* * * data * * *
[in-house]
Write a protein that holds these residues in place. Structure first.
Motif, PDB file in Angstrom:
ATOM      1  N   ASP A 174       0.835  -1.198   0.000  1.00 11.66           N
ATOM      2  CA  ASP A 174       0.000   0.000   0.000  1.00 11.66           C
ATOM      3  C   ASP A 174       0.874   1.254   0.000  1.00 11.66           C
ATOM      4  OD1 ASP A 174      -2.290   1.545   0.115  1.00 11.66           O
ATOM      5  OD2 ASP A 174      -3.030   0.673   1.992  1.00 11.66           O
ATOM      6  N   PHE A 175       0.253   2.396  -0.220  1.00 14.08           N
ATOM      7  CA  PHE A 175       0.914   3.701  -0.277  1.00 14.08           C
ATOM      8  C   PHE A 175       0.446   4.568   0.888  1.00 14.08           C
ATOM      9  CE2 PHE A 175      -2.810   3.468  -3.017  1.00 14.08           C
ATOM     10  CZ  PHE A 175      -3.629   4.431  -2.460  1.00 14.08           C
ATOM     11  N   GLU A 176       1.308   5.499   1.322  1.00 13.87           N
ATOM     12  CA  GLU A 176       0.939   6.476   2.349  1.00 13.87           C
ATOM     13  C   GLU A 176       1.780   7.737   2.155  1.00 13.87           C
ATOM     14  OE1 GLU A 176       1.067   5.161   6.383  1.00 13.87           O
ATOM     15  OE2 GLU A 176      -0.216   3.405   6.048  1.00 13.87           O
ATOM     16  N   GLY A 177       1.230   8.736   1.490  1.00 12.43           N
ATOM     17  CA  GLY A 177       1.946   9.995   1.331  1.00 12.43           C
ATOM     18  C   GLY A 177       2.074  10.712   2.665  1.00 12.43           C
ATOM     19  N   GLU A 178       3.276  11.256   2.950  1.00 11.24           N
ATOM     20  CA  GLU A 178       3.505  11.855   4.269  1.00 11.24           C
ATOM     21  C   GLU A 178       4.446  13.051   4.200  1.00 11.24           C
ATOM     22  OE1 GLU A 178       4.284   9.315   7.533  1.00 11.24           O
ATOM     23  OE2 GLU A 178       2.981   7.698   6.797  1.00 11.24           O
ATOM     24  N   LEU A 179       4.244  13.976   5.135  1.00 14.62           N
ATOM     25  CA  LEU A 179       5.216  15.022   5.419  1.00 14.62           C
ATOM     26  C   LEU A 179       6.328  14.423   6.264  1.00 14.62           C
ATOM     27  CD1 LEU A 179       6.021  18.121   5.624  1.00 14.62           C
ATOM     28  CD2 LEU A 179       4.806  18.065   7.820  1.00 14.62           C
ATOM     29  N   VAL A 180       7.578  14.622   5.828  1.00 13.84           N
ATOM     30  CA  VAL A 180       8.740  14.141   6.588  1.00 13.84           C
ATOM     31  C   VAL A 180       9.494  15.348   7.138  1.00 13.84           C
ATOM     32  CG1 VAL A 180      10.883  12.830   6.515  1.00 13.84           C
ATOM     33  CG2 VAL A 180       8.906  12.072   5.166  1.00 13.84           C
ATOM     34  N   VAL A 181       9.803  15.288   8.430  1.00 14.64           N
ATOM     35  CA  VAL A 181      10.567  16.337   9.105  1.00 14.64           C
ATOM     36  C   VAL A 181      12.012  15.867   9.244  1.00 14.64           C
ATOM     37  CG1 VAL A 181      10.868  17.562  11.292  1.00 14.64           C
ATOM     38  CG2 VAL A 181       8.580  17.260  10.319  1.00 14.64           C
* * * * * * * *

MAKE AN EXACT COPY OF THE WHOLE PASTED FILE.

[in-house]
Write a protein that holds these residues in place. Structure first.
Motif, PDB file in Angstrom:
ATOM      1  N   ASP A 174       0.835  -1.198   0.000  1.00 11.66           N
ATOM      2  CA  ASP A 174       0.000   0.000   0.000  1.00 11.66           C
ATOM      3  C   ASP A 174       0.874   1.254   0.000  1.00 11.66           C
ATOM      4  OD1 ASP A 174      -2.290   1.545   0.115  1.00 11.66           O
ATOM      5  OD2 ASP A 174      -3.030   0.673   1.992  1.00 11.66           O
ATOM      6  N   PHE A 175       0.253   2.396  -0.220  1.00 14.08           N
ATOM      7  CA  PHE A 175       0.914   3.701  -0.277  1.00 14.08           C
ATOM      8  C   PHE A 175       0.446   4.568   0.888  1.00 14.08           C
ATOM      9  CE2 PHE A 175      -2.810   3.468  -3.017  1.00 14.08           C
ATOM     10  CZ  PHE A 175      -3.629   4.431  -2.460  1.00 14.08           C
ATOM     11  N   GLU A 176       1.308   5.499   1.322  1.00 13.87           N
ATOM     12  CA  GLU A 176       0.939   6.476   2.349  1.00 13.87           C
ATOM     13  C   GLU A 176       1.780   7.737   2.155  1.00 13.87           C
ATOM     14  OE1 GLU A 176       1.067   5.161   6.383  1.00 13.87           O
ATOM     15  OE2 GLU A 176      -0.216   3.405   6.048  1.00 13.87           O
ATOM     16  N   GLY A 177       1.230   8.736   1.490  1.00 12.43           N
ATOM     17  CA  GLY A 177       1.946   9.995   1.331  1.00 12.43           C
ATOM     18  C   GLY A 177       2.074  10.712   2.665  1.00 12.43           C
ATOM     19  N   GLU A 178       3.276  11.256   2.950  1.00 11.24           N
ATOM     20  CA  GLU A 178       3.505  11.855   4.269  1.00 11.24           C
ATOM     21  C   GLU A 178       4.446  13.051   4.200  1.00 11.24           C
ATOM     22  OE1 GLU A 178       4.284   9.315   7.533  1.00 11.24           O
ATOM     23  OE2 GLU A 178       2.981   7.698   6.797  1.00 11.24           O
ATOM     24  N   LEU A 179       4.244  13.976   5.135  1.00 14.62           N
ATOM     25  CA  LEU A 179       5.216  15.022   5.419  1.00 14.62           C
ATOM     26  C   LEU A 179       6.328  14.423   6.264  1.00 14.62           C
ATOM     27  CD1 LEU A 179       6.021  18.121   5.624  1.00 14.62           C
ATOM     28  CD2 LEU A 179       4.806  18.065   7.820  1.00 14.62           C
ATOM     29  N   VAL A 180       7.578  14.622   5.828  1.00 13.84           N
ATOM     30  CA  VAL A 180       8.740  14.141   6.588  1.00 13.84           C
ATOM     31  C   VAL A 180       9.494  15.348   7.138  1.00 13.84           C
ATOM     32  CG1 VAL A 180      10.883  12.830   6.515  1.00 13.84           C
ATOM     33  CG2 VAL A 180       8.906  12.072   5.166  1.00 13.84           C
ATOM     34  N   VAL A 181       9.803  15.288   8.430  1.00 14.64           N
ATOM     35  CA  VAL A 181      10.567  16.337   9.105  1.00 14.64           C
ATOM     36  C   VAL A 181      12.012  15.867   9.244  1.00 14.64           C
ATOM     37  CG1 VAL A 181      10.868  17.562  11.292  1.00 14.64           C
ATOM     38  CG2 VAL A 181       8.580  17.260  10.319  1.00 14.64           C